People experiencing homelessness less likely to use INSTI-based ART for HIV
People living with HIV and experiencing homelessness were less likely to use an integrase inhibitor-based regimen for ART, according to a study conducted in San Francisco.
Researchers found that use of the preferred regimens “rose dramatically” overall, however.
The analysis, which was published in Open Forum Infectious Diseases, found that older people living with HIV (PLWH) were more likely to use integrase inhibitors.
“Integrase inhibitors have been a very exciting development in antiretroviral therapy — particularly the second-generation integrase inhibitors. That is important because they are quite potent and also have a high barrier to resistance,” Matthew Spinelli, MD, MAS, assistant professor of Medicine at the University of California, San Francisco, told Healio.
“It is conceivable that some clinicians may not offer them to certain groups that they have concerns will not adhere well to the drugs,” Spinelli said. “I think that is changing with time and there is greater comfort, but to some degree, people experiencing homelessness are being left behind and are remaining on legacy or older classes of ART.”
Spinelli and colleagues’ study included 3,255 PLWH with ART prescriptions in the San Francisco Department of Public Health HIV surveillance case registry who initiated ART between 2009 and 2016. Among these patients, 38% initiated ART with an integrase inhibitor-based regimen and 13% experienced homelessness.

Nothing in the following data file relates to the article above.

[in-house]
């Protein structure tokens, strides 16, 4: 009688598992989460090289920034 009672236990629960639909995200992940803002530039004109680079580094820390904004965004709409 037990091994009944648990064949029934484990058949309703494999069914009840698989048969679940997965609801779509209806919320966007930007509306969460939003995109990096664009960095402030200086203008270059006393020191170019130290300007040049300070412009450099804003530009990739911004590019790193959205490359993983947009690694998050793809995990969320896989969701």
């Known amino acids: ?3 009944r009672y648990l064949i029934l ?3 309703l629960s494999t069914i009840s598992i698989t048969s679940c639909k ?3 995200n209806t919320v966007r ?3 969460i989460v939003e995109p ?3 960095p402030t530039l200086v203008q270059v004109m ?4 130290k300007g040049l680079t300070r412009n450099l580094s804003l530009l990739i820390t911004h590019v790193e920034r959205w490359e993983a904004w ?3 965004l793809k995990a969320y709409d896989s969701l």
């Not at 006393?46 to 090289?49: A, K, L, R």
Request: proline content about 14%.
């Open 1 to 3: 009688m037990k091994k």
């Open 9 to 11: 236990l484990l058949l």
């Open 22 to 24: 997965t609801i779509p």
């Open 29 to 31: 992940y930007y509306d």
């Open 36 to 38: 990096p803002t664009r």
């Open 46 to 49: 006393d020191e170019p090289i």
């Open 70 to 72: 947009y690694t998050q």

According to the researchers, participants experiencing homelessness were less likely to use an integrase inhibitor-based regimen than other participants (31% vs. 39%; P = .01). People who injected drugs were less likely than men who have sex with men to initiate integrase inhibitor-based treatment (30% vs. 40%; P = .001), and people with public or no insurance were less likely than those with private insurance to be on one of the regimens (35% and 34% vs. 42%; P < .001). Patients aged 50 years or older were more likely than patients aged younger than 30 years to initiate integrase inhibitor-based treatment (adjusted HR = 1.16; 95% CI, 1.01-1.34), the researchers found.
Spinelli said future research will help close the gap in integrase inhibitor use among people experiencing homelessness.
“I'm hopeful that this disparity will narrow over time. There is a need for more research looking at the differences in viral suppression and other health outcomes among people experiencing homelessness,” Spinelli said. “I am ultimately hoping to see additional research and programs to offer supportive housing to people living with HIV who are experiencing homelessness.”